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Postpurchase Consumer Behavior

 

After the purchase, the consumer might experience dissonance that stems from noticing
certain disquieting features or hearing favorable things about other brands, and will be alert
to information that supports his or her decision. Marketing communications should supply
beliefs and evaluations that reinforce the consumer’s choice and help him or her feel good
about the brand.

POSTPURCHASE SATISFACTION: What determines customer satisfaction with a purchase?
Satisfaction is a function of the closeness between expectations and the product’s perceived
performance. If performance falls short of expectations, the consumer is disappointed; if it
meets expectations, the consumer is satisfied; if it exceeds expectations, the consumer is
delighted. These feelings make a difference in whether the customer buys the product again
and talks favorably or unfavorably about it to others.
Consumers form their expectations on the basis of messages received from sellers,
friends, and other information sources. The larger the gap between expectations and performance, the greater the dissatisfaction. Here the consumer’s coping style comes into play.
Some consumers magnify the gap when the product is not perfect, and they are highly dissatisfied; others minimize the gap and are less dissatisfied.
The importance of postpurchase satisfaction suggests that product claims must truthfully represent the product’s likely performance. Some sellers might even understate performance levels so that consumers experience higher-than-expected satisfaction with the
product.

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 POST-PURCHASE ACTIONS: Satisfaction or dissatisfaction with the product will influence
subsequent behavior. If the consumer is satisfied, he or she will exhibit a higher probability
of purchasing the product again. For example, data on automobile brand choice show a high
correlation between being highly satisfied with the last brand bought and intention to buy
the brand again. One survey showed that 75 percent of Toyota buyers were highly satisfied
and about 75 percent intended to buy a Toyota again; 35 percent of Chevrolet buyers were
highly satisfied and about 35 percent intended to buy a Chevrolet again. The satisfied customer will also tend to say good things about the brand to others. Marketers say: “Our best
advertisement is a satisfied customer.”
Dissatisfied consumers may abandon or return the product. They may seek information
that confirms its high value. They may take public action by complaining to the company,
going to a lawyer, or complaining to other groups (such as business, private, or government agencies). Private actions include making a decision to stop buying the product (exit option)
or warning friends (voice option). In all these cases, the seller has done a poor job of satisfying the customer.

Post-purchase communications to buyers have been shown to result in fewer product returns
and order cancellations. Computer companies, for example, can send a letter to new owners congratulating them on having selected a fine computer. They can place ads showing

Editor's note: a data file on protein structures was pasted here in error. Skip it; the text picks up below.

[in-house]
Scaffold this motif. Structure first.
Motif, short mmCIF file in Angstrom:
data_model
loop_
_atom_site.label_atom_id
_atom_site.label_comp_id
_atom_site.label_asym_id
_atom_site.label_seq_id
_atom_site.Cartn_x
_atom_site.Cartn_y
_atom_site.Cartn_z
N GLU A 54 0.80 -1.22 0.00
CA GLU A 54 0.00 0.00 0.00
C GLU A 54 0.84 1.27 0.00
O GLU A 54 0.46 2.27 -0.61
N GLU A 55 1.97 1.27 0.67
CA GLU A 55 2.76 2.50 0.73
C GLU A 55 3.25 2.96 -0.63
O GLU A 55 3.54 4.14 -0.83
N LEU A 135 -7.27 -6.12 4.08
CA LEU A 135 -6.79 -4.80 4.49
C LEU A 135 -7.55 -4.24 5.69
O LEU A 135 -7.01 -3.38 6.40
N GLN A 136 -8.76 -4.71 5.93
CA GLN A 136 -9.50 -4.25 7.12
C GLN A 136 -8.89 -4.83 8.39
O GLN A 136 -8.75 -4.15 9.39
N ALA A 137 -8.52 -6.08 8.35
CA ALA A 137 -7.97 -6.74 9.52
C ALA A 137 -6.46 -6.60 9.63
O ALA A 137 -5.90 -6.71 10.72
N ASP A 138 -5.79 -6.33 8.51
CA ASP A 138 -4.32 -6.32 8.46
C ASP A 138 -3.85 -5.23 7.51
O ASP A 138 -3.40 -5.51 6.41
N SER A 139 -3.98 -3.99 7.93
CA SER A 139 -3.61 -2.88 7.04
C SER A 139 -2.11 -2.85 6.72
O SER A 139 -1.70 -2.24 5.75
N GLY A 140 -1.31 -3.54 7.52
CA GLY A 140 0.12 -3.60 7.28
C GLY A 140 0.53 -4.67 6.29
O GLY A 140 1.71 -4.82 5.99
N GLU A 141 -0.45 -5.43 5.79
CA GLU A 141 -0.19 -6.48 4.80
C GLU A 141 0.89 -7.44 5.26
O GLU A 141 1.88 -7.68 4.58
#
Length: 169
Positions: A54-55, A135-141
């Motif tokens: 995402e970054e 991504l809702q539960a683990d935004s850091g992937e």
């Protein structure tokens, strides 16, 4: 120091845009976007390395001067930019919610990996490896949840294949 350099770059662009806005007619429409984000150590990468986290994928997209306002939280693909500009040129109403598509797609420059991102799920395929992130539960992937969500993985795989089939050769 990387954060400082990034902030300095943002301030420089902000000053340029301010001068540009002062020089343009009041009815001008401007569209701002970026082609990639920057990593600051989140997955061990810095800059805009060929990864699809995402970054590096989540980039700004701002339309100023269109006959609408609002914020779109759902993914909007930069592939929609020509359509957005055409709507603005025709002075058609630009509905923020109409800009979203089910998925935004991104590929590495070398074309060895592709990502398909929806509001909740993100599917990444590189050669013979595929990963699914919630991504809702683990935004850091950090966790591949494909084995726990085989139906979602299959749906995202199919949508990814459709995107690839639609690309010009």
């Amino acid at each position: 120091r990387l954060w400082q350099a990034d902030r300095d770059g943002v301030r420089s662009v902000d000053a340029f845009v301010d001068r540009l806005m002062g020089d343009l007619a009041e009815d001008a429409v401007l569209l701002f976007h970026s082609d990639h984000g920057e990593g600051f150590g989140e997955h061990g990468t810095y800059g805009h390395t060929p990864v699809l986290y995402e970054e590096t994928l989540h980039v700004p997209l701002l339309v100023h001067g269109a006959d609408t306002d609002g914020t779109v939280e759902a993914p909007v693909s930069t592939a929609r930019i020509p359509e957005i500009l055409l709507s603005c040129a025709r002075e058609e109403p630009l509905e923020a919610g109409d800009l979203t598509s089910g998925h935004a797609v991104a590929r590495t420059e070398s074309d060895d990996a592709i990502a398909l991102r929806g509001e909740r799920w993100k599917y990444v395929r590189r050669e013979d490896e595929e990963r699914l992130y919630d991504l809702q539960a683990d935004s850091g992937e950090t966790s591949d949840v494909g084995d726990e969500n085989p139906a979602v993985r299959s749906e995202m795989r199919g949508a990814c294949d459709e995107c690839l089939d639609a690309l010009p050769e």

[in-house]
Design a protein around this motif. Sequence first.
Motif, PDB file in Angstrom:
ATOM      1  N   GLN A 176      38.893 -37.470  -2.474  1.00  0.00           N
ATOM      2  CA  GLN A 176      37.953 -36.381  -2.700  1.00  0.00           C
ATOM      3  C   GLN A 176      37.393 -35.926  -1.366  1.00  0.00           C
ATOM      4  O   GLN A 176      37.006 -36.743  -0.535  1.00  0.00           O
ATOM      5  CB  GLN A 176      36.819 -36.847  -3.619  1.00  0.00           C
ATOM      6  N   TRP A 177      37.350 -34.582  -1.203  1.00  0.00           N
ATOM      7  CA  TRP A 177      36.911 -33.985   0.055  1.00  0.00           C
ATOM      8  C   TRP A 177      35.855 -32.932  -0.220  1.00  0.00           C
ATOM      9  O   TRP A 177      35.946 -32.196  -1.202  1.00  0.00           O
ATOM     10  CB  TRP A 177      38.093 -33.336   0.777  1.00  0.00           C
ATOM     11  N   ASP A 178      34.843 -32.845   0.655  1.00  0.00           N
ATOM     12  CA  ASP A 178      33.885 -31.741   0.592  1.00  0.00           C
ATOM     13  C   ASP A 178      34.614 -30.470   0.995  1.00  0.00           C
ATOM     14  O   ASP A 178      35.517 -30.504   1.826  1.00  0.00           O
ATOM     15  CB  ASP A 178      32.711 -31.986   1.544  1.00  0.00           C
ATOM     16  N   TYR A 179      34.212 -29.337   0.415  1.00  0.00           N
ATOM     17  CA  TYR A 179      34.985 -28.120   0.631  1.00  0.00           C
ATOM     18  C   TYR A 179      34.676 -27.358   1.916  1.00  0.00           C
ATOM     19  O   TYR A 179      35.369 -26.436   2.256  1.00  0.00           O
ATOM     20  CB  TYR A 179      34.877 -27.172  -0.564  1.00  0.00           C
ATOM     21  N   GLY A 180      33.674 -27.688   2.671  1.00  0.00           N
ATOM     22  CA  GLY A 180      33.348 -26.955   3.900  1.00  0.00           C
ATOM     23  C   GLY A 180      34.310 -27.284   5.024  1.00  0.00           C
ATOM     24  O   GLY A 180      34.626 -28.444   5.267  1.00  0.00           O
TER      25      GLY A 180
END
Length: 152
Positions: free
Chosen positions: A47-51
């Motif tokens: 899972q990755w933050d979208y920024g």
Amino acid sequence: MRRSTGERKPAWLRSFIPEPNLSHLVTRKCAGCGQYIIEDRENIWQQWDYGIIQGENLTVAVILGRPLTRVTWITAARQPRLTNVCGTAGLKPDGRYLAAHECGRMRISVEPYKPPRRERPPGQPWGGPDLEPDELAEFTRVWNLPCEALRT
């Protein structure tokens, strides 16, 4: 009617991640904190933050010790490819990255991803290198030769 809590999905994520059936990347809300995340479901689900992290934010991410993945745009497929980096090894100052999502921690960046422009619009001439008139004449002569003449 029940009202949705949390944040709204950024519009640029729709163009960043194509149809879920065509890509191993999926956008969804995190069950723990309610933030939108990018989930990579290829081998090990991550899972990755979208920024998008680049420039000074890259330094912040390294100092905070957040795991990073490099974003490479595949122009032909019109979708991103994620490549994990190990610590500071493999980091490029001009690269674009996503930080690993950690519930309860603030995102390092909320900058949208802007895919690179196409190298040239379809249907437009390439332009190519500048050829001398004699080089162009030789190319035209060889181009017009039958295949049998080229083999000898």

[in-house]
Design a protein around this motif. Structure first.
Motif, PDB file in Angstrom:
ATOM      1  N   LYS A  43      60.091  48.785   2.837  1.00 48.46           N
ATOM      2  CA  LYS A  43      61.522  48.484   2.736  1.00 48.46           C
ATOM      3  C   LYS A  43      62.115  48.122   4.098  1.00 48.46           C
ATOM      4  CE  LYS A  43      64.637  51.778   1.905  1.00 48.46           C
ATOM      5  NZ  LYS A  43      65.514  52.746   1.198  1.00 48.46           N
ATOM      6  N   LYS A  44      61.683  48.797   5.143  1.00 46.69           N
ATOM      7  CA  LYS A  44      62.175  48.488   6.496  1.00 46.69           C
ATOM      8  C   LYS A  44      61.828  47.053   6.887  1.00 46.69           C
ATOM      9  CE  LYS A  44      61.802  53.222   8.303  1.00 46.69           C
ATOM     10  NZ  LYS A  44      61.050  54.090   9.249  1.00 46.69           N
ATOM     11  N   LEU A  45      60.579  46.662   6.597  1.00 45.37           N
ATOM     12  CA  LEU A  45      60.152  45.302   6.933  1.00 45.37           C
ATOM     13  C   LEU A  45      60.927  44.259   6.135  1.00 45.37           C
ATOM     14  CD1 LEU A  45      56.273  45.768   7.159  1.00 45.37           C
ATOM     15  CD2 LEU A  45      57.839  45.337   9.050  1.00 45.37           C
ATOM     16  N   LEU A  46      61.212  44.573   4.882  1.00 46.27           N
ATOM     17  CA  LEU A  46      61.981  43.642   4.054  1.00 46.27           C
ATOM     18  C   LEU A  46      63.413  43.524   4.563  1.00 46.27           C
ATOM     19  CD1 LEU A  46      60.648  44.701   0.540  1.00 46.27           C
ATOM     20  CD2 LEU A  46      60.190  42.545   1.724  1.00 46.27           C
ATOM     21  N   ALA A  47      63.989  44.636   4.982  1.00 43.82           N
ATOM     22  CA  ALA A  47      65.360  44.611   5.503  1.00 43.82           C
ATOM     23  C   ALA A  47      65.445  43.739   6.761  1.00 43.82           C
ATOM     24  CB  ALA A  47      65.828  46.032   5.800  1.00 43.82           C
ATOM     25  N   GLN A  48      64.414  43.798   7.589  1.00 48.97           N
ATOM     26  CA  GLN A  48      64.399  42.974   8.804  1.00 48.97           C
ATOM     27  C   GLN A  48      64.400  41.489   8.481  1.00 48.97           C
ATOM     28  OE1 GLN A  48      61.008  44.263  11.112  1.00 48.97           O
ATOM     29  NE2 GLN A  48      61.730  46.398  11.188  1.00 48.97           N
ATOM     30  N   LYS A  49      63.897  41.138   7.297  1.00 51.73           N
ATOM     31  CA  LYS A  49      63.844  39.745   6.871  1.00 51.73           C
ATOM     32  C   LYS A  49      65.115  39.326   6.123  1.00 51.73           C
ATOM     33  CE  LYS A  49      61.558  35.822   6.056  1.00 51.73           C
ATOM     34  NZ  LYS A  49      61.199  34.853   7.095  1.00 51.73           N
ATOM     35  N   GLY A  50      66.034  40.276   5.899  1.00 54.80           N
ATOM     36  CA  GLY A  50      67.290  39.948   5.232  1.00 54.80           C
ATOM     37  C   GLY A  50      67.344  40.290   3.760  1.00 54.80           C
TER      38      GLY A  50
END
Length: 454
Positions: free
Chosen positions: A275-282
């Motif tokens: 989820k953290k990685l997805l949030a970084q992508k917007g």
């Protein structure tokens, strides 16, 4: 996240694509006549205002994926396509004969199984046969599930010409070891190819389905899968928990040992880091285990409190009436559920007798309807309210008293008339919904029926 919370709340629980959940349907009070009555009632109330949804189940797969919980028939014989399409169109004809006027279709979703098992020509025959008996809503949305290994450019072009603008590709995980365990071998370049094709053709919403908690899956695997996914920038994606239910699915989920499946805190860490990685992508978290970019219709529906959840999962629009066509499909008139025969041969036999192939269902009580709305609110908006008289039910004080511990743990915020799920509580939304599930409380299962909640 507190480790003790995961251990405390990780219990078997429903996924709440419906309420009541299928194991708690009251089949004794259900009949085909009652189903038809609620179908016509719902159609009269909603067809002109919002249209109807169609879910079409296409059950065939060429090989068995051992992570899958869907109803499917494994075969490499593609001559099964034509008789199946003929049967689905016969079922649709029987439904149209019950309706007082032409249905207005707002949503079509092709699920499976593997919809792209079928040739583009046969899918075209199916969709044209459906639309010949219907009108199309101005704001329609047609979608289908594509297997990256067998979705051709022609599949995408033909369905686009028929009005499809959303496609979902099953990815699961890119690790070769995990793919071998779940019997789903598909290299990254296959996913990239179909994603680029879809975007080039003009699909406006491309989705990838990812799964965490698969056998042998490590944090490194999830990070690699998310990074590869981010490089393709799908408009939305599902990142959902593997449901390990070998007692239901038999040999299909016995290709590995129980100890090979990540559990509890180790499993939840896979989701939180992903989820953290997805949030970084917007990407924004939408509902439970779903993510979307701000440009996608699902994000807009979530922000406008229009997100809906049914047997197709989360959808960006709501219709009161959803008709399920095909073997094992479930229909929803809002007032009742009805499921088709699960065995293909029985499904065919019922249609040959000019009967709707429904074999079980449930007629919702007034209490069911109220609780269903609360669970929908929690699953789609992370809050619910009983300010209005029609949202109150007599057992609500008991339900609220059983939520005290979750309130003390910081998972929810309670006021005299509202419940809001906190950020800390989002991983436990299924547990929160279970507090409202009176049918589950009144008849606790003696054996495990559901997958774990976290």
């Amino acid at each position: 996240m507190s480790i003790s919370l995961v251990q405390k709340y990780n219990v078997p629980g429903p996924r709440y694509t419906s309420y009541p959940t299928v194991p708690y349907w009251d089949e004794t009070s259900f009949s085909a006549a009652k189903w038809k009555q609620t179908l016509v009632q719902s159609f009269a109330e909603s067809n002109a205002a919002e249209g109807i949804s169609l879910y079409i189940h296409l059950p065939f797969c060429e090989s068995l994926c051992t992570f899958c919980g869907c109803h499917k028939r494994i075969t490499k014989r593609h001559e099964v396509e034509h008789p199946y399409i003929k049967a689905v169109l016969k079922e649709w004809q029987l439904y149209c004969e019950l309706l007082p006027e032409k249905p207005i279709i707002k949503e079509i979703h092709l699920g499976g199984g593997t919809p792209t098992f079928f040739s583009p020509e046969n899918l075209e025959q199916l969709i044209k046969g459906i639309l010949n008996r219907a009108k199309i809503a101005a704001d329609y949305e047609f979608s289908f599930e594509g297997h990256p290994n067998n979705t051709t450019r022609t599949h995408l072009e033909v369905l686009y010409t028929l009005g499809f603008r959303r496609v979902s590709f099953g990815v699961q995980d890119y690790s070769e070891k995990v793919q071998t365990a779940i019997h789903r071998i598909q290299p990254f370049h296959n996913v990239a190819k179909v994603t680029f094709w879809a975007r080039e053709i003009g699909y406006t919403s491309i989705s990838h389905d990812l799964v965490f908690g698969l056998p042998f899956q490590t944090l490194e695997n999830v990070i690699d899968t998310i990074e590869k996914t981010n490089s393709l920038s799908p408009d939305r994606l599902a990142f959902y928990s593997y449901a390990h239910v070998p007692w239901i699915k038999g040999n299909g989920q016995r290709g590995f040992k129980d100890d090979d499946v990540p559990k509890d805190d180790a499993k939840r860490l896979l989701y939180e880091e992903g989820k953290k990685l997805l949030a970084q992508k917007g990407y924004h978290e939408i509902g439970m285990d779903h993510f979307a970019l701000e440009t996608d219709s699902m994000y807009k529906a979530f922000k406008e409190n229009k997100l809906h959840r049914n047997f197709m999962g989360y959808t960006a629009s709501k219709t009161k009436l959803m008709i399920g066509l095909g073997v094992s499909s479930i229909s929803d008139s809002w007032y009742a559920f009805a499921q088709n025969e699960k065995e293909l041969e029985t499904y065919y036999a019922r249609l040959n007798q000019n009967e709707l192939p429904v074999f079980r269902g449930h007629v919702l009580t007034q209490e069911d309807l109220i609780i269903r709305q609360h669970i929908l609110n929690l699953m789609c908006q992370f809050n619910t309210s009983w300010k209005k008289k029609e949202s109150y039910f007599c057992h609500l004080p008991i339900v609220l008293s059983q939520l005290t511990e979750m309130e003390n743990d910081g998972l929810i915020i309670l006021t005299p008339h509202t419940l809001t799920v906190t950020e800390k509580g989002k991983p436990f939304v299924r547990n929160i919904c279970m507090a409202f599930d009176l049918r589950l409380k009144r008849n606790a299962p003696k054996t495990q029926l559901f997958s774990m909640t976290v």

satisfied brand owners. They can solicit customer suggestions for improvements and list the
location of available services. They can write intelligible instruction booklets. They can send
owners a magazine containing articles describing new computer applications. In addition,
they can provide good channels for speedy redress of customer grievances.

POST-PURCHASE USE AND DISPOSAL: Marketers should also monitor how buyers use
and dispose of the product. A key driver of sales frequency is product consumption rate—the more quickly buyers consume a product, the sooner they may be back in the
market to repurchase it.
One potential opportunity to increase frequency of product use is when consumers’ perceptions of their usage differ from the reality. Consumers may fail to replace products with
relatively short life spans in a timely manner because of a tendency to underestimate product life. One strategy to speed up replacement is to tie the act of replacing the product to a
certain holiday, event, or time of year.
For example, several brands have run promotions tied in with the springtime switch to
daylight savings time (e.g., Oral-B toothbrushes). Another strategy might be to provide consumers with better information as to either: (1) when the product was first used or would
need to be replaced or (2) the current level of performance. For example, batteries offer
built-in gauges that show how much power they have left; toothbrushes have color indicators on their bristles to indicate when they are too worn; and so on. Perhaps the simplest
way to increase usage is when actual usage of a product is less than optimal or recommended. In this case, consumers must be persuaded of the merits of more regular usage,
and potential hurdles to increased usage must be overcome.
If consumers throw the product away, the marketer needs to know how they dispose of it,
especially if it can damage the environment (as in the case with batteries, beverage contain-
ers, and disposable diapers). Increased public awareness of recycling and ecological con-
cerns as well as consumer complaints about having to throw away beautiful bottles led
French perfume maker Rochas to think about introducing a refillable fragrance line.

 

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